Poly XPress is a location-based, storytelling mobile application. “I don’t know if it’s the next Angry Birds,” computer science graduate student Taggart Ashby said, “but it could be something cool.”
You’re at a school. Broken crates and bloody clothes surround your feet. You whip out your phone. You open a webpage and it pings your location. You’ve unlocked a secret. You read about what caused the destruction, see a shaky video — but you can’t quite discern what it was. What happened here?
That’s what the creators of Poly XPress hoped users would ask when interacting with the application.
Poly XPress is a location-based storytelling mobile application. It allows users to create stories using media such as pictures, text, sound and video. Authors can tie different locations through their stories and readers can see a map of those locations.
When readers get physically close to those locations, they will be able to see the media the author put in that location.
Anyone can make an experience like this using the application, which was created at Cal Poly. Users only need a Facebook account to log in.
“It’s a simple way to tell a story that gets people out into the community,” said Michael Haungs, associate computer science professor and co-director for Liberal Arts and Engineering Studies (LAES) program. “You’re not just staying at your computer and reading from there; you actually have to visit the locations.”
Haungs and co-director of LAES David Gillette created Poly XPress. Gillette, who is currently on a sabbatical, had a vision of being able to view ghostly images through a camera lens on campus. Thus, the application was originally meant to tell ghost stories and was called Poly Ghost. However, as development began, the decision was made to allow users to tell a more general story.
“That’s where we think the real power is,” Haungs said.
A week before this past Halloween, Los Osos Middle School put on a fundraising event called Area 55. They created a walk-through experience, similar to a haunted house. Poly XPress was used to tell the pre-story, Haungs said.
The story: The government dropped genetically modified organisms from planes, and those organisms found their way to the middle school. The user was supposed to try to help the community figure out what was going on at the school.
Video examples included an unidentified figure dashing into the trees — the short video was meant to look like a “Bigfoot caught-on-camera” moment, where the viewer didn’t really know what they were seeing. In addition, someone caught “raw footage” of government employees cleaning something up, before the phone was yanked out of their hand.
This spring, the Poly XPress team will partner with ethnic studies professor Grace Yeh to do a story about the history of Japanese Americans in Pismo Beach. Using their stories and old pictures, Poly XPress plans to take users on a tour that shows what Pismo looked like in the past and allow users to experience what the people went through, Haungs said.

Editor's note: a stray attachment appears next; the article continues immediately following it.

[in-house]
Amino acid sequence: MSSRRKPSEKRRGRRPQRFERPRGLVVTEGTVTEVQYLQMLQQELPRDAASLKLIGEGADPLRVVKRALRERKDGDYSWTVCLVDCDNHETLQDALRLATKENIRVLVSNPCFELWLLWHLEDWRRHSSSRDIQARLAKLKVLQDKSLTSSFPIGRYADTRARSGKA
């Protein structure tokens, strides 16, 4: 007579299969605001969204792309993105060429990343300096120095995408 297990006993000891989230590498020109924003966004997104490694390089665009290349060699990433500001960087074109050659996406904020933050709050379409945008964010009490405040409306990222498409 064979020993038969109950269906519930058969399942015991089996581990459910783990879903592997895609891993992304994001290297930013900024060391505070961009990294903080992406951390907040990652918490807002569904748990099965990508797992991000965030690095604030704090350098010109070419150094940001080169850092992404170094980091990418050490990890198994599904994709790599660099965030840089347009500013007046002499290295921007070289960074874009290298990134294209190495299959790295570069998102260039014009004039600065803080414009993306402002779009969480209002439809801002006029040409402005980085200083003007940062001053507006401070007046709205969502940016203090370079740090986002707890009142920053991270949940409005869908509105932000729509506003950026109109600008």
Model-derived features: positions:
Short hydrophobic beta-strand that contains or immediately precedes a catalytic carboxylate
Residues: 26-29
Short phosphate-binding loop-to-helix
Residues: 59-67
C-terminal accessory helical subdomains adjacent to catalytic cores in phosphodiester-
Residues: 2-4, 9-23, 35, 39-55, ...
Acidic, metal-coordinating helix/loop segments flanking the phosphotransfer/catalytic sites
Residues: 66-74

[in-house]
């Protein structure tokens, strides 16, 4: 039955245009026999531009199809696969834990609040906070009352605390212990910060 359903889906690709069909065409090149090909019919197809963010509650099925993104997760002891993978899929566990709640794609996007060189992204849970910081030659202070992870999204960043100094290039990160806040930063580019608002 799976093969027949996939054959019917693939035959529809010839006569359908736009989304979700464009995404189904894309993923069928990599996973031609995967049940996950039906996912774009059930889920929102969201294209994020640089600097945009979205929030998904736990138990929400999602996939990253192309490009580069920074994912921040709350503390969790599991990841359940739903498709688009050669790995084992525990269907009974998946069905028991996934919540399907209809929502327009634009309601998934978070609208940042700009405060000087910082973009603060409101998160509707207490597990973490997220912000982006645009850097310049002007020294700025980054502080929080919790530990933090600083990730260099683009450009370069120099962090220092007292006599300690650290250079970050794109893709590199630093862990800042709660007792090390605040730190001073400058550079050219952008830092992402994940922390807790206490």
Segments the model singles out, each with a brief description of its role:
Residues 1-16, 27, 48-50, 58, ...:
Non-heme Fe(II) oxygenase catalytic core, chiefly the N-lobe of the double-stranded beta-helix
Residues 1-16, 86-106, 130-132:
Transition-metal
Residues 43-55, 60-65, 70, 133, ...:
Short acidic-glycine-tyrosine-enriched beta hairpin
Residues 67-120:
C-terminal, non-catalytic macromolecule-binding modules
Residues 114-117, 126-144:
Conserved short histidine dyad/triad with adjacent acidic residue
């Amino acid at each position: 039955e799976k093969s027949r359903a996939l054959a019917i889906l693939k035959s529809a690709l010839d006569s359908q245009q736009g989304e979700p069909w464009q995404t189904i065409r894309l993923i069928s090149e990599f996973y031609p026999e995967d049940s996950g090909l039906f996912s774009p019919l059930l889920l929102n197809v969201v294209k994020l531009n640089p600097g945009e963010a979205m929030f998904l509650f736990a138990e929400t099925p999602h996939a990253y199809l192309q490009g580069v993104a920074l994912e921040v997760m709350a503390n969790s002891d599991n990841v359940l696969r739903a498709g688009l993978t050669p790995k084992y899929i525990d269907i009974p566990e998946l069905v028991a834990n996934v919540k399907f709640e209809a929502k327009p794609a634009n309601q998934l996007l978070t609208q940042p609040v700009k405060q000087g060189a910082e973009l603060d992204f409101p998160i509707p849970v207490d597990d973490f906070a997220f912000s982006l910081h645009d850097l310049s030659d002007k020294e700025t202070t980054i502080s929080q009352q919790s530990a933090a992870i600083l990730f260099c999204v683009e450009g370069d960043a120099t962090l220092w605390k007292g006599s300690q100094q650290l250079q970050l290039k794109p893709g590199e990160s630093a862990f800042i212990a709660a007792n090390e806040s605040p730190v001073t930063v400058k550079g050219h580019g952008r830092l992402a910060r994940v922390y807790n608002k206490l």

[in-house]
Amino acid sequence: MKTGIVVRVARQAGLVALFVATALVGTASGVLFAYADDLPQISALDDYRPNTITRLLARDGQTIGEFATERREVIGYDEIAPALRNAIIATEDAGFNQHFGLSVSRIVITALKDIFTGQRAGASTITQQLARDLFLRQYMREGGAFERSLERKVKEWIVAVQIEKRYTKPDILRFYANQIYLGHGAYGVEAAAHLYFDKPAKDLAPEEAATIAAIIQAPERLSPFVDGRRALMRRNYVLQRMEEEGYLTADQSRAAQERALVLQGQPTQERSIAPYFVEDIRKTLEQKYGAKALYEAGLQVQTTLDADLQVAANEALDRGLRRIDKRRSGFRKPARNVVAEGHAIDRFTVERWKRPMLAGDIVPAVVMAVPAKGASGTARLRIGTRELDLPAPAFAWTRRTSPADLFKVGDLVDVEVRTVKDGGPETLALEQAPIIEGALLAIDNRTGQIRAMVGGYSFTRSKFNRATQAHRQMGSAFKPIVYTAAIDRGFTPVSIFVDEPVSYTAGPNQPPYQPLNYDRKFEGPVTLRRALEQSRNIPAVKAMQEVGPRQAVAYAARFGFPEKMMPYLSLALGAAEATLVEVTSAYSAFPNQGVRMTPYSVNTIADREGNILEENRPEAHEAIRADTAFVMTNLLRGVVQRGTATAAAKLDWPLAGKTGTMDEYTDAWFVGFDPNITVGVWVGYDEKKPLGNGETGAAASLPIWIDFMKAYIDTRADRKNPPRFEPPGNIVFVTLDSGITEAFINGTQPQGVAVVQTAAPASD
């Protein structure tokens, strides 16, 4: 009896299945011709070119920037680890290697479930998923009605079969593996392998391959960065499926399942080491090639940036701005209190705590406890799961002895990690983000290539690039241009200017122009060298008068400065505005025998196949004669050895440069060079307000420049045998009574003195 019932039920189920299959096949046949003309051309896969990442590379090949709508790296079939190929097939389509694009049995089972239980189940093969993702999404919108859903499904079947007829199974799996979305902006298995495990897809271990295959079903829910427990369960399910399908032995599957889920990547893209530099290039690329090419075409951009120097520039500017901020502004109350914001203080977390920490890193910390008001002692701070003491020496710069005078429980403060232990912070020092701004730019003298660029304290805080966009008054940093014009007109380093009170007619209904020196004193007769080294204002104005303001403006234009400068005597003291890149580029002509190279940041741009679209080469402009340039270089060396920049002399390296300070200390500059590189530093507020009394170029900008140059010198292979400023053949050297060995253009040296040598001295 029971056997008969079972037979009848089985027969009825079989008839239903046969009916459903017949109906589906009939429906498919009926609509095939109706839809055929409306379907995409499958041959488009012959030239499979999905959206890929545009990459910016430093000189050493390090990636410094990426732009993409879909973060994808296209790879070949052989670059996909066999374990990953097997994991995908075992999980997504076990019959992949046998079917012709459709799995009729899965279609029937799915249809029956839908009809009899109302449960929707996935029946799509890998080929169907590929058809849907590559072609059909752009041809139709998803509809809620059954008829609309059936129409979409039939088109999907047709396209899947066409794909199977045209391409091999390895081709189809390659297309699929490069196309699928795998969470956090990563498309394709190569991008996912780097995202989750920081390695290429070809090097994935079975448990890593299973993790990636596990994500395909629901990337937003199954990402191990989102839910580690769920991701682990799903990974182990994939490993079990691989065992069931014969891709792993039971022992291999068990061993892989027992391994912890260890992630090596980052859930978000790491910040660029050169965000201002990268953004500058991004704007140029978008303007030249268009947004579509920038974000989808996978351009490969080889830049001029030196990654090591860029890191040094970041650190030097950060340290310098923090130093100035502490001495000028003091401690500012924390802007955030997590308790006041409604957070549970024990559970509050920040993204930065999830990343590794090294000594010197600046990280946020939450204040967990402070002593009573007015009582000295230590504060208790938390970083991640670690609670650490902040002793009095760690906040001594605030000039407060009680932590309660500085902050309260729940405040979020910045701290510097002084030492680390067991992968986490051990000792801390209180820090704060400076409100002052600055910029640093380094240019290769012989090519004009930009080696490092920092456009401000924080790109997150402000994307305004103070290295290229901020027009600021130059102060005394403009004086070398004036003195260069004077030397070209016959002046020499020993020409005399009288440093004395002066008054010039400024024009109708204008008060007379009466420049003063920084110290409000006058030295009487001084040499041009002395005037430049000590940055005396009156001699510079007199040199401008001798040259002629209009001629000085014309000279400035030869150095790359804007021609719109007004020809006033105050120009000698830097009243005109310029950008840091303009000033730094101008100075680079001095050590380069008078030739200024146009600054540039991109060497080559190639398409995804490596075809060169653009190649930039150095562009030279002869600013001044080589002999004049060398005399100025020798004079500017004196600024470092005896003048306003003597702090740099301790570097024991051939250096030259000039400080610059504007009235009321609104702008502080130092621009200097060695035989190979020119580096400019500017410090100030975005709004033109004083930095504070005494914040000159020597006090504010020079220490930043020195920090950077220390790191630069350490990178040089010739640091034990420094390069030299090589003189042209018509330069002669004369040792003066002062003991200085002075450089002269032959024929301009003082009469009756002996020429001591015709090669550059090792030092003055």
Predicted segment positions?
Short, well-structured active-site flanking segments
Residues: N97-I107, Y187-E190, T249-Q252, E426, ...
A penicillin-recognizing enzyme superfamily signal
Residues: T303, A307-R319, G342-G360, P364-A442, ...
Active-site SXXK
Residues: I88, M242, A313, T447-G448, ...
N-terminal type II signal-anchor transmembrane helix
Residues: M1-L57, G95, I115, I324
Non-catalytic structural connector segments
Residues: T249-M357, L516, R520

The application can be used for more than stories, though. An easy use for the app would be a guided tour of campus, Haungs said.
“Giving people the ability to tell stories that they want to tell for fun or education, I think this is really powerful and cool,” Haungs said. “I just want to see people using it any way they want to.”
How it looks
Imagine an e-reader library — there are selections of books to chose from. When a user clicks a book, it is downloaded into their personal list. Each book contains chapters and each chapter contains pages. The book gives you a general overview of what to expect from the experience. The chapters tell users the general area they need to go to and what they’ll find there in a set a pages. Once a user has arrived at a particular location, its page will be unlocked, allowing the user to see the media attached to location, or something that happened there.
Authors not only create the stories, but can also determine how close readers must be to an area to read the pages.
“We need people to tell a good story,” Haungs said. “Poly XPress is not going to make it a good story.”
Computer science graduate student Taggart Ashby said the application is “pretty open-ended.”
His role with the project deals with testing. There are multiple parts to that, namely what users see on the screen as well as the components behind the scenes that make it happen. Ashby said his part is making sure everything happens correctly.
“I don’t add any new, cool, fun features to the application,” Ashby said. “I make sure it keeps working when we do add new things.”
As for the future of the application, Ashby said he is excited to see what people create once it is more “polished.”
“I don’t really know where it will go, but I’m excited to see what other people come up with,” he said.
Computer science graduate student Desiree Creel is focusing on adding social media features to Poly XPress. She hopes social media will bring more engagement to the application, she said.
With the social media version, users will be able to see what their friends are creating or consuming in a newsfeed. Hopefully, seeing their friends read a certain “story” will draw users to read it as well, she said.
Along with the personal newsfeed, she envisions a public global newsfeed of stories that are located around the user at a given time.
Creel is also creating a chat feature so users can communicate with their friends about a certain “page” or location, she said. However, she is still trying to figure out how to save that data and only allow that information to be displayed when the user is at that particular location, she said.
According to Haungs, there is a new dimension to storytelling. Instead of sitting at home and reading about a dark, creepy room, one can go out into their community, stand in that room and read about what happened there.
“I don’t know if it’s the next Angry Birds,” Ashby said. “But it could be something cool.”